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S.Africa’s pre-teen queen with ‘rainmaking’ powers

Masalanabo Modjadji (Photo: Mujahid Safodien)

Masalanabo Modjadji (Photo: Mujahid Safodien)

by Susan Njanji
MIDRAND, South Africa | AFP – She is a 12-year-old schoolgirl who aspires to become a doctor.
But Masalanabo Modjadji is no ordinary pre-teen — she is South Africa’s only female traditional ruler, with claims of mystical rainmaking powers.
Queen Modjadji is the hereditary ruler of the Balobedu, an ethnic tribe in South Africa’s northern province of Limpopo.
She will be formally crowned when she turns 18, having ascended to the throne as a three-month-old infant when her mother, the previous queen, died in 2005.
Until her coronation, Masalanabo is not making any public statements. But AFP gained rare access, meeting her in a suburb outside Johannesburg where she lives during term time with her guardian Mathole Motshekga, who speaks on her behalf.
Masalanabo arrived back from school driven in an ordinary sedan car, and quickly swapped her black uniform tracksuit for a black-and-white traditional robe and a multi-coloured beaded headband.
She sat quietly next to her guardian, listening carefully and smiling.
“She knows that this is her position by birth, so she doesn’t have to hurry,” said Motshekga, describing her as the “earthly representative of the rain goddess.”
“She wants to be well-prepared because the world is modern and her subjects are going to be educated people, so she wants to be educated so that she matches with the times.”
– Regal duties –
Masalanabo will sit on the dynasty’s throne in her ancestral village of Modjadjiskloof in the fertile valley of Molototsi, 400 kilometres (250 miles) north of Johannesburg.
The monarchy, which originated in what is today southeastern Zimbabwe, has been ruled by women for over 200 years.
Her mother was the first queen able to read and write. She could speak English, was computer literate and drove a car.
Last year — after a long campaign, and a succession dispute — the Balobedu queen was officially recognised under South African law for the first time since apartheid.
It means the royal family will qualify — when the queen turns 18 — for government money under the 1996 constitution that was designed to involve tribal rulers in the newly democratic South Africa.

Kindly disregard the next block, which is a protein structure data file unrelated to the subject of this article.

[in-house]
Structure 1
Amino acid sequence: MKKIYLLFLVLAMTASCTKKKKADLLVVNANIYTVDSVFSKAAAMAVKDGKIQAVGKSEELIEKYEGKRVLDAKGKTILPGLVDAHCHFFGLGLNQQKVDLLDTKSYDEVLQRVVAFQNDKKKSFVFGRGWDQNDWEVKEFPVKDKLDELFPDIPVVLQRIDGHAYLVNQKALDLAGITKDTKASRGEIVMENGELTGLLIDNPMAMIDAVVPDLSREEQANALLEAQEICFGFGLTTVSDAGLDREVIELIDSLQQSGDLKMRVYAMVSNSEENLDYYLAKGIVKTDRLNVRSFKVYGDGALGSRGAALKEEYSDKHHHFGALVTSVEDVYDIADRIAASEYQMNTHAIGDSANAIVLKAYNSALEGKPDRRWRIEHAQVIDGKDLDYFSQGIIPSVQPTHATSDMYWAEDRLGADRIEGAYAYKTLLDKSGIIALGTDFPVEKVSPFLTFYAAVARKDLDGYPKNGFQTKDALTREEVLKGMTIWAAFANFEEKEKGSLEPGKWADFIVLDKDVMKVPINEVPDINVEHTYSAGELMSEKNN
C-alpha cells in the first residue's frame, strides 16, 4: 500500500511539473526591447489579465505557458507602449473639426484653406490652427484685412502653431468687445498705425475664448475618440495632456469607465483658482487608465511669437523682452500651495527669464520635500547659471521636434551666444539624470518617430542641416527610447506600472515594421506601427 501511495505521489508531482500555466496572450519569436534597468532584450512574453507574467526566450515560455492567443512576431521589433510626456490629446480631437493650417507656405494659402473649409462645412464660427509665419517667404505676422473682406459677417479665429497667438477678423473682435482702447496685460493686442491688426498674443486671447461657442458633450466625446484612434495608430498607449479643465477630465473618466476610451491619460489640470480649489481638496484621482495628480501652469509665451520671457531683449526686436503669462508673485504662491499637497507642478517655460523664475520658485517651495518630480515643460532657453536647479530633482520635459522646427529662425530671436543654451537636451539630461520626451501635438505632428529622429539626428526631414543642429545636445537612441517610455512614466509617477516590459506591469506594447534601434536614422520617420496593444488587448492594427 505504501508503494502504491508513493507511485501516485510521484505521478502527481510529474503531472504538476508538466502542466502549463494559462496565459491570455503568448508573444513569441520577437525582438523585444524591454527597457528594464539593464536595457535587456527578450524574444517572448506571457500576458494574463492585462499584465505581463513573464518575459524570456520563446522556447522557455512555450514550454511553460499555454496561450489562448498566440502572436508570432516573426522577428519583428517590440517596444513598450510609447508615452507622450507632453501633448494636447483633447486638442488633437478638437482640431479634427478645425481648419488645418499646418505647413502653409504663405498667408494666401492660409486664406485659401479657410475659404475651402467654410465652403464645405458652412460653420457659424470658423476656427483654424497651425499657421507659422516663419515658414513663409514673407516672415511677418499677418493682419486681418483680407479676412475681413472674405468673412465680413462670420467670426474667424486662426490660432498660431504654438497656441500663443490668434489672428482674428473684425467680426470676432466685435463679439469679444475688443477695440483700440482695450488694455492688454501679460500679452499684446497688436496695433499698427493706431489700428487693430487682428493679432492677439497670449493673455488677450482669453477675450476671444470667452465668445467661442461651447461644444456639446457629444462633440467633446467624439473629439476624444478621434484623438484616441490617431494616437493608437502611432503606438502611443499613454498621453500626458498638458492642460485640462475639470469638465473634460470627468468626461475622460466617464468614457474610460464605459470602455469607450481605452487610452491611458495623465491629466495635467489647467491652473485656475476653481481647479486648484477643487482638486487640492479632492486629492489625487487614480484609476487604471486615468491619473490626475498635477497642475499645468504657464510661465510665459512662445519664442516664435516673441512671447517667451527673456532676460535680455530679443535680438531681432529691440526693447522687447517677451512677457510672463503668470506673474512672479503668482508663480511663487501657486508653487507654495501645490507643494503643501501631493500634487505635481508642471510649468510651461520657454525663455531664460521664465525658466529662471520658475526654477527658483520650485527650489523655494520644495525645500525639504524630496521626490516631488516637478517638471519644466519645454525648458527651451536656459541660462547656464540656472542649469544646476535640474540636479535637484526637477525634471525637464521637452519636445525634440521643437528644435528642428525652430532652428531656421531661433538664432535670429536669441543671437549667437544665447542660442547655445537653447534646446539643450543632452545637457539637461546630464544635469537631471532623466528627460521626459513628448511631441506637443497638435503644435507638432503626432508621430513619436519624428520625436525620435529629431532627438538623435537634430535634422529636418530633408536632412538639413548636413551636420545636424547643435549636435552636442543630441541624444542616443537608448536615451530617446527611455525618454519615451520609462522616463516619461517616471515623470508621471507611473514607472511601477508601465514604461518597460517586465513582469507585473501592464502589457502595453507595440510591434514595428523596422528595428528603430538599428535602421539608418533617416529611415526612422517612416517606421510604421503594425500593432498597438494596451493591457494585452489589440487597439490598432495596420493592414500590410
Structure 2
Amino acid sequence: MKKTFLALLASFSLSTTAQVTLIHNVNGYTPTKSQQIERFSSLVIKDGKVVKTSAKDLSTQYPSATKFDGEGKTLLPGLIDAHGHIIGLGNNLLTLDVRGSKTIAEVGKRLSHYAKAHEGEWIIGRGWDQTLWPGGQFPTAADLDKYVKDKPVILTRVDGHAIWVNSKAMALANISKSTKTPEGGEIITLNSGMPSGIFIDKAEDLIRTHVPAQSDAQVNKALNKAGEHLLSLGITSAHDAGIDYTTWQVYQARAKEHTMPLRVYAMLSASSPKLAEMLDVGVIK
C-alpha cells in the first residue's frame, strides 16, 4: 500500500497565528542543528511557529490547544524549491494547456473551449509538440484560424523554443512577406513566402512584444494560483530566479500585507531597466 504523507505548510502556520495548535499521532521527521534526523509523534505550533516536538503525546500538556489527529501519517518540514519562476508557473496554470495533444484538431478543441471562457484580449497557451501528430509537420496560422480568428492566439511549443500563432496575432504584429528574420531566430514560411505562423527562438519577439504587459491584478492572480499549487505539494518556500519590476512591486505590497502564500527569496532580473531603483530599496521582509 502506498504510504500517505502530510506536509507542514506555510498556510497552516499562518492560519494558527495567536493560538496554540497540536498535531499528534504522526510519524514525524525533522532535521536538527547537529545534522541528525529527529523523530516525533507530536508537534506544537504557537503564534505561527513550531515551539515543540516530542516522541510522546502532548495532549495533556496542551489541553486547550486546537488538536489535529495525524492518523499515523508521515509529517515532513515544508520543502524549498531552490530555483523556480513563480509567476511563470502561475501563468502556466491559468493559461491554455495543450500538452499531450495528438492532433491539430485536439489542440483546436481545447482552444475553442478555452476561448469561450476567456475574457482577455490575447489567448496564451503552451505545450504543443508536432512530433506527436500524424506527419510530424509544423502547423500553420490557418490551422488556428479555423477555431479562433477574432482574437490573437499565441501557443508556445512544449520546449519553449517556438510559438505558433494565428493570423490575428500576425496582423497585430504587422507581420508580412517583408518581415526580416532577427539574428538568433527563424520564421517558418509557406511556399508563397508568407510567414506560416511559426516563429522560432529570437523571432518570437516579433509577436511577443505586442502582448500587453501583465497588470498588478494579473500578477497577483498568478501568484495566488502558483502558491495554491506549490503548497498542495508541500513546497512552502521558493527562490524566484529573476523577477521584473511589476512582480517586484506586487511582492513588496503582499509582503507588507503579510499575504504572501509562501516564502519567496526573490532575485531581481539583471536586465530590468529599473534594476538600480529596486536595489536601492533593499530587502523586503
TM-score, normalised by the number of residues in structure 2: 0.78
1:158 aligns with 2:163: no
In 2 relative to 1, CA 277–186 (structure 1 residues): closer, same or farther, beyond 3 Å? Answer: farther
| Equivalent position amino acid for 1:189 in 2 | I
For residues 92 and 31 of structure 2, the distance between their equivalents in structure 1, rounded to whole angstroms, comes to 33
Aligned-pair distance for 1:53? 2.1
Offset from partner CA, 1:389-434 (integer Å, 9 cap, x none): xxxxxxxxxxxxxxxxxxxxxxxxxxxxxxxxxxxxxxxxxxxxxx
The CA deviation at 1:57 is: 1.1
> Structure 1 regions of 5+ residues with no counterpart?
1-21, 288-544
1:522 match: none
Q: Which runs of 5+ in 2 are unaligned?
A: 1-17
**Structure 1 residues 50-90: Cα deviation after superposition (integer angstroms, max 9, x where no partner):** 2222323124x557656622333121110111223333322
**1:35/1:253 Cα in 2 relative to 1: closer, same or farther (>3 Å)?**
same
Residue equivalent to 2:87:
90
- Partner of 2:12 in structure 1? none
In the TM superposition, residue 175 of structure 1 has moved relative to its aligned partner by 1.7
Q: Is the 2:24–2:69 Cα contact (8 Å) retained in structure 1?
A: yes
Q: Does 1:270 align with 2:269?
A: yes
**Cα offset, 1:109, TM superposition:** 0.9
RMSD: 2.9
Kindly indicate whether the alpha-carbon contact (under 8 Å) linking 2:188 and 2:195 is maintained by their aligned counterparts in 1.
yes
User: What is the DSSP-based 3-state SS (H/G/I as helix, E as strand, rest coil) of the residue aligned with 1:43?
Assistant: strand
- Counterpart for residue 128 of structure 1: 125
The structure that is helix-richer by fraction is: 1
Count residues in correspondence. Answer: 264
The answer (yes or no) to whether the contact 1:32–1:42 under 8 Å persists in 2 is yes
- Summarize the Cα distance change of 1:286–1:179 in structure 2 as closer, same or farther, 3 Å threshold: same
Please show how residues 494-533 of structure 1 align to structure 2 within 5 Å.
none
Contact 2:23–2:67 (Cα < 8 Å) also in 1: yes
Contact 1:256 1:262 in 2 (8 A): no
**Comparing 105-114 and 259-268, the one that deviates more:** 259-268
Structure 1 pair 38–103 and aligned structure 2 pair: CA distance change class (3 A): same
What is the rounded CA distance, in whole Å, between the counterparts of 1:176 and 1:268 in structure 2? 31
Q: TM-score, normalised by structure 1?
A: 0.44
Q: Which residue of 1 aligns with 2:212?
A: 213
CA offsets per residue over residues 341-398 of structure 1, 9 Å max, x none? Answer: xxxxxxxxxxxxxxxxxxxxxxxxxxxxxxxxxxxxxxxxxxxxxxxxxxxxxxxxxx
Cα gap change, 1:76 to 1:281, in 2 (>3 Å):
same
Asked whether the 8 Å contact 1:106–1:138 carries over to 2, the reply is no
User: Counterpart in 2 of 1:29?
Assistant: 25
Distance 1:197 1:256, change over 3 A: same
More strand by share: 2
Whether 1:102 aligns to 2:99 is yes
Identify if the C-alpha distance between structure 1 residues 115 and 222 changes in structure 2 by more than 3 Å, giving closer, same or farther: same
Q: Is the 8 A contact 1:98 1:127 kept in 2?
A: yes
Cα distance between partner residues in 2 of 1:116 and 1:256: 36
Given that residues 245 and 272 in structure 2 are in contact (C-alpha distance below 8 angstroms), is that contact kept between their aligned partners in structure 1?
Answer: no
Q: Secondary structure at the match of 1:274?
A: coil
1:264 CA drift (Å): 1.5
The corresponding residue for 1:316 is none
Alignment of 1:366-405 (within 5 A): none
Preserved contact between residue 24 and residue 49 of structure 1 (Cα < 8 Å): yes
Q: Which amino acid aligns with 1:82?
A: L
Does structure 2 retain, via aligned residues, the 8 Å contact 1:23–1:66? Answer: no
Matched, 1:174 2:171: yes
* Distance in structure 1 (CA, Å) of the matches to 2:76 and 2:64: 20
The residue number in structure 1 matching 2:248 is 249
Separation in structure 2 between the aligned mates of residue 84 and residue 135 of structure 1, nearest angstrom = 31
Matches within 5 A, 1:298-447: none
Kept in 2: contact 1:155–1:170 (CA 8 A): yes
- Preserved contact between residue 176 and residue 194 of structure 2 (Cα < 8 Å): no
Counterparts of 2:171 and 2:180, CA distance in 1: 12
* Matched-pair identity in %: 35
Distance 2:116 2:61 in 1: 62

“For the first time in the history of South Africa, we have a legally accepted queenship,” said Motshekga, who is also an ANC lawmaker and from the Balobedu tribe.
He said Masalanabo — who has met President Jacob Zuma — has friends and is on social media, but that she is also preparing for how to balance her regal duties with the realities of everyday life.
When not at school or playing with her friends, she spends time with Motshekga’s wife Angie Motshekga, who is the country’s basic education minister and is Masalanabo’s custodian mother. “They discuss everything from politics to traditions,” he said.
After she is crowned, she will marry several maiden women, paying their families “lobolo” money — which is normally paid by a husband to his new wife’s family.
The wives then have children with other royal relatives, and the children are counted as the queen’s own. She, too, can have children, but only with a relative whose identity remains secret.
“The queen is both male and female. That’s how she expands her family,” said Motshekga.
South Africa legalised same-sex marriage in 2006, but for the Balobedu queen it was nothing new.
“We have been doing that for hundreds of years. It’s our way,” said Malatji.


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